Sunday, October 24, 2010

Northern California Judges Rule in Civil Rights Cases

Benjamin Franklin Butler drafted the
Enforcement Act of 1871.  Photo
courtesy of wikisource.
Several Northern District of California judges recently ruled on civil rights cases.

In Frati v. City and County of San Francisco a prisoner pro se claims that the city failed to provide him with adequate medical treatment constituting cruel and unusual punishment in violation of the Eighth Amendment. According to the complaint, Mr. Frati suffered a fracture on his hand on April 26, 2010, he sought treatment, but did not receive it.  On May 10, 2010 a doctor saw him, and rebroke his hand in order to allow it to heal correctly.  He claims his hand is presently crippled.  Judge Lucy Koh stated that this claim lacks the specificity necessary to plead a constitutional violation under 42 U.S.C. Section 1983.  She stated that Mr. Frati needs to explain who did what, when and how this showed a deliberate indifference to a serious medical need.  She dismissed the complaint with leave to amend.

In Hemsley v. Mrs. Toni the plaintiff prisoner pro se (and possibly a vampire) complains that he received inadequate medical treatment when he was released from a hospital to the Santa Rosa County Jail in 2008.  At his release Mrs. (or Dr.) Toni told him that he needed to return in order to get more blood.  That never happened.  Mr. Hemsley claims that he had an insufficient level of blood that was not remedied until June 2009.  Judge Lucy Koh provided essentially the same advice she gave to Mr. Frati above.  She stated that Mr. Hemsely needs to explain who did what, when and how this showed a deliberate indifference to a serious medical need.  She dismissed the complaint with leave to amend.

Santana v. California Department of Corrections and Rehabilitation is similar to Frati and Hemseley above - the plaintiff was a prisoner who upon release complains that he received inadequate medical treatment. Here, the plaintiff claims that his foot became crippled after guards removed his camwalker and failed to give him another one for over a year.   However it raises an unresolved issue about the statute of limitations in 1983 actions as Judge Koh explains:
"Federal law determines when a cause of action accrues and the statute of limitations begins to run for a § 1983 action."  Elliott v. City of Union City, (9th Cir. 1994). "Under federal law, a claim accrues when the plaintiff knows or has reason to know of the injury which is the basis of the action."  TwoRivers v. Lewis,  (9th Cir. 1999).  In a case such as this one, where an alleged constitutional violation (or constitutional injury) produced an alleged physical injury, it is not clear which one provides the basis for Plaintiff's action.
Judge Koh chose not to step into the debate yet and simply noted that it wasn't factually clear when Mr. Santana knew of his injury.  She dismissed the complaint on its allegations requiring more factual support with leave to amend.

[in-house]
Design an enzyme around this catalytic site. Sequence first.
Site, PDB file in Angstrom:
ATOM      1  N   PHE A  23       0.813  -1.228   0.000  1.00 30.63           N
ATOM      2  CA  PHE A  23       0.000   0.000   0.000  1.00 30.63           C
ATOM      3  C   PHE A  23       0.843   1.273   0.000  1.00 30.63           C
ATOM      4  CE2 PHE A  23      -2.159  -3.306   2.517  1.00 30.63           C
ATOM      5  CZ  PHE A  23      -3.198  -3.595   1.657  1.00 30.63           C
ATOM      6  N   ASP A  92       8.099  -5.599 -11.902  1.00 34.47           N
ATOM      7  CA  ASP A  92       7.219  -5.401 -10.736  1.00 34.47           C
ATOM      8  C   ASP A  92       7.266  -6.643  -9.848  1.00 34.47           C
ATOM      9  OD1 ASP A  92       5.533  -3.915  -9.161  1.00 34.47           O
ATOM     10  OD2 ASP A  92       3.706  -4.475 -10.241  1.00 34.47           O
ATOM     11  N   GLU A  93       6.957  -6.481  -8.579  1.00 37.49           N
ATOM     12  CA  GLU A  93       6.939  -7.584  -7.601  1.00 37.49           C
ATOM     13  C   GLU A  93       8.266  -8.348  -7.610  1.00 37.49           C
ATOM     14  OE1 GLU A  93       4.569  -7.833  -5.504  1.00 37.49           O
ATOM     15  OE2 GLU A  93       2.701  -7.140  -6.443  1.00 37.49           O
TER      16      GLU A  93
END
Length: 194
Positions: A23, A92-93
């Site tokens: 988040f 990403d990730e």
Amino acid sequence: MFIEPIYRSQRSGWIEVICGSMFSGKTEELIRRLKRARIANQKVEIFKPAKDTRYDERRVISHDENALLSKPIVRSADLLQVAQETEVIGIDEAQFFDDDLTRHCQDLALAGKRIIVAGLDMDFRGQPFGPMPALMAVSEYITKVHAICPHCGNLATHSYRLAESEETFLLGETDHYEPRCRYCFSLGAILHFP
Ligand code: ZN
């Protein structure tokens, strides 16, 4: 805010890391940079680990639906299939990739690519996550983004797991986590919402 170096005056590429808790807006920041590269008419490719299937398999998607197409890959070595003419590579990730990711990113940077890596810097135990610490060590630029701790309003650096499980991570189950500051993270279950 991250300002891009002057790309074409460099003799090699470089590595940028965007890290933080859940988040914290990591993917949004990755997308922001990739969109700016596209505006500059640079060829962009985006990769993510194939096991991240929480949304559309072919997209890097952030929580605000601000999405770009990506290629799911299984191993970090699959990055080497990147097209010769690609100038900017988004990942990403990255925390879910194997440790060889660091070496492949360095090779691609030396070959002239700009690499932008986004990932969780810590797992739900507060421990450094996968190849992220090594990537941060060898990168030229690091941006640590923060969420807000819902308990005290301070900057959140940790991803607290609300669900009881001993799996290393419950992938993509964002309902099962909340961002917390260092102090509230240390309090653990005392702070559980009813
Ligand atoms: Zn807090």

In Steart v. Rupf, the Sheriff moved to dismiss the prisoner's 1983 lawsuit for failure to exhaust the administrative grievance process. Judge Claudia Wilken explained that a failure to exhaust administrative remedies is an absolute bar to a lawsuit.
"[n]o action shall be brought with respect to prison conditions under [42 U.S.C. § 1983], or any other Federal law, by a prisoner confined in any jail, prison, or other correctional facility until such administrative remedies as are available are exhausted." 42 U.S.C. § 1997e(a)
She dismissed the case without prejudice to refiling upon completing the administrative grievance process.

Turner v. Colon is a pro se prisoner Eight Amendment lawsuit where the prisoner alleges that the guards wanted to repair doors at Pelican State Bay Prison and ordered everyone outside into the rain.  While there he "caught a [respiratory] infection, which caused [his] bones, legs and hips to ache all the time."  This blog had previously covered efforts of prisoners to recover after being left in the cold. Judge Claudia Wilken explained that this is the kind of incident caused by negligence or gross negligence that lacks the intentionality requirement to proceed under a 1983 action. She dismissed the lawsuit with prejudice and without leave to amend.

George v. Sonoma County Sheriff Dept. is a civil rights case filed by Mr. Geroge's mother, Valerie resulting from her son's death on July 9, 2007 while he was in custody at the Marin Adult Detention Facility (MADF).  Mr. George suffered from sickle cell anemia, and received sporadic treatment at MADF.  When he died his autopsy revealed he was severely dehydrated.  The County and individual defendants moved for summary judgment.  Ms. George survived summary judgment on claims of failure of treatment, 1983 civil rights violation and county liability under Monell v. New York City Dept. of Social Servs. (U.S. 1978).  To support the Monell claim, Ms. George presented evidence in a series of newspaper articles that showed there was a pattern of deficient medical treatment at MADF.  Additionally, she produced evidence that patient treatment was not discussed at monthly quality assurance meetings following several recent patient deaths nor were there changes in procedures.  Magistrate Elizabeth D. Laporte largely denied the motion for summary judgment.

No comments:

Post a Comment